“...I hope this work will have an impact on current disciplinary divides—both in research and teaching spaces.
College of Liberal Arts Assistant Professor Whitney Sperrazza, Ph.D., (English and Humanities, Computing, and Design) recently returned from England, where she researched poetry written by women around the time of Shakespeare in the context of the emerging study of anatomical science.
It was a period of history during which the delineations between disciplines were much less distinct than they are now. Poetry complemented scientific inquiry in ways that helped expand understanding and improve the accessibility of knowledge. Also, women were active participants in the development of scientific knowledge, even as scientific institutions and formal training remained exclusive to white, upper-class men.
Sperrazza’s research examines how disciplines successfully overlapped and complemented each other in the 1600’s, which can serve as a model for academia’s modern-day approach to bridging STEM and humanities studies.
To pursue her research project, “Anatomical Forms: The Science of the Body in Early Modern Women’s Poetry,” Sperrazza was awarded a major National Endowment for the Humanities Research Fellowship, a highly competitive fellowship with only seven percent of all applicants being awarded.
She has also been awarded a Short-Term Research Fellowship from the Folger Shakespeare Library and a Franklin Research Grant from the American Philosophical Society. Her book is slated to be published during the 2024-25 academic year, and she is attending several conferences and symposia in Spring 2024 to present her work. .
About Her Research
Q: What is the focus of your current research?
“My current research focuses on the intersecting histories of poetry and anatomical science, with particular interest in women writers. I situate my research in 16th- and 17th-century England, a time and place in which poetry was the dominant literary form and anatomical practice was increasingly central to developing knowledge about the body. My work asks: how were these fields in direct conversation with each other? What shared forms, methods, and ideas can we trace through the period’s poetic and scientific texts? My current, in-progress book (Anatomical Forms) traces how women poets in the period wielded their poetry as an anatomical tool to participate fully in the emerging science of the body.”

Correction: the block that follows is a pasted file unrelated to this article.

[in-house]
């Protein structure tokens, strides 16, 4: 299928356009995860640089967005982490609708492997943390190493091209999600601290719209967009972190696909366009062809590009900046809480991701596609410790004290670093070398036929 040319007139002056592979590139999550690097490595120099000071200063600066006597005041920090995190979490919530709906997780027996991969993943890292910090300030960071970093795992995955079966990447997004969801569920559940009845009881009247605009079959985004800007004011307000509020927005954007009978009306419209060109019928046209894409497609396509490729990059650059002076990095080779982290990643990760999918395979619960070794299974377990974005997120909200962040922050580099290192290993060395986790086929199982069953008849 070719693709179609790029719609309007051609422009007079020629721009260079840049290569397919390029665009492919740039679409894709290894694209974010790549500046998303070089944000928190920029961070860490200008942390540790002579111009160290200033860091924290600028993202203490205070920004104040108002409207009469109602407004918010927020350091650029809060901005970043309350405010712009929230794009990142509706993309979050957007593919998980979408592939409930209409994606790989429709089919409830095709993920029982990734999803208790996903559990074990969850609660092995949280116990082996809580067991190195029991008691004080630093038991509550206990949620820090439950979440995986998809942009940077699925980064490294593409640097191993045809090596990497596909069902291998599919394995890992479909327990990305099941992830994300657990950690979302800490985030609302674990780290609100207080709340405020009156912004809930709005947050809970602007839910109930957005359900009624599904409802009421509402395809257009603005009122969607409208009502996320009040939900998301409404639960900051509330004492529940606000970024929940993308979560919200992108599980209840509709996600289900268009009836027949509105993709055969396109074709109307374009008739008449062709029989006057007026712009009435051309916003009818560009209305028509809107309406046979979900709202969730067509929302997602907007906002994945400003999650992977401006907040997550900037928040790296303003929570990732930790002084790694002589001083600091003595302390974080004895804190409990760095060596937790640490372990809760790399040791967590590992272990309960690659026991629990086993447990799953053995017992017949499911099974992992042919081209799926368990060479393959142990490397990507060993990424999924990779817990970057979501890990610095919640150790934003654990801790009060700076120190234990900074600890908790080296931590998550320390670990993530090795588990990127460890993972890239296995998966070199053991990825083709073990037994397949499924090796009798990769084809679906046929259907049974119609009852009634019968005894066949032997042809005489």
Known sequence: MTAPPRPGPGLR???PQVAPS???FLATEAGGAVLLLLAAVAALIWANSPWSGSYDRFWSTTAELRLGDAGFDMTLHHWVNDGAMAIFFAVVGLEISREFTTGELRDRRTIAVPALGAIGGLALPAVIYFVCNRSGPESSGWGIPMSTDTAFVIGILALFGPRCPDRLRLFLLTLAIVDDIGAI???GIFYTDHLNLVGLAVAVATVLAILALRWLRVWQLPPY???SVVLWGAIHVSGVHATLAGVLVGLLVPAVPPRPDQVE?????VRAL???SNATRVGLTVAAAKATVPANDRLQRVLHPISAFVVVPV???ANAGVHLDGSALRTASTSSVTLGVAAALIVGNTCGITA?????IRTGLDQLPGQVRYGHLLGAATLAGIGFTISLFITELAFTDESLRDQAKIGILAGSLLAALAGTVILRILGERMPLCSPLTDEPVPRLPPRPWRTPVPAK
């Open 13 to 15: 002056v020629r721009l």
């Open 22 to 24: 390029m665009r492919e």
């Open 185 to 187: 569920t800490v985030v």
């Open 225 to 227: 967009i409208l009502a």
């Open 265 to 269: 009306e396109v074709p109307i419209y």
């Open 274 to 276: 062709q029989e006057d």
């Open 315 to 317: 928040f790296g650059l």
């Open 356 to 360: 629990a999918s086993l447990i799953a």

Q: What is innovative about your research?
“What makes my research especially innovative is my insistence that poetic form can function as a kind of scientific instrument. Much of the work on the histories of literature and science (and there is exceptional work in this field) focuses on content (for example, poets including references to dissection in their poetry). My research goes a step further to show how poets were also using formal tools (things like metaphor, line breaks, and poetic meter) to engage with science. Because the form of poetry is so central to the practice of writing poetry, that means these poets were not simply engaging with scientific ideas. They were also finding ways to intervene in the hands-on methods and practices of emerging anatomical science.”
Q: What is the overall importance of your research? How do you see this work impacting the field?
“My research models a new way to do interdisciplinary scholarly work in literature and science studies. Perhaps most important, though, is the impact I hope this work will have on current disciplinary divides–both in research and teaching spaces. As I excavate this nuanced history of women’s scientific work in poetry, I offer a longer, deeper narrative about the mutual influence of literary and scientific developments. I also contribute to efforts to recover and learn from the history of women’s work in STEM fields, a history we can then leverage to confront current, persistent gender gaps in STEM.”
Q: What are your most important publications?
I’ve published two articles in the past several years that are adapted from chapters of my current book project: “Knowing Mary Wroth’s Pamphilia” (Journal for Early Modern Cultural Studies, 2019) and “Mary Sidney’s Postmortem Poetics” (Shakespeare Studies, 2021). I’ve also written several digital articles with a wider reach that are more directly tied to my teaching at RIT (“Before Lovelace” in Lady Science and “The Algorithm’s Needlework Origins” in The Sundial).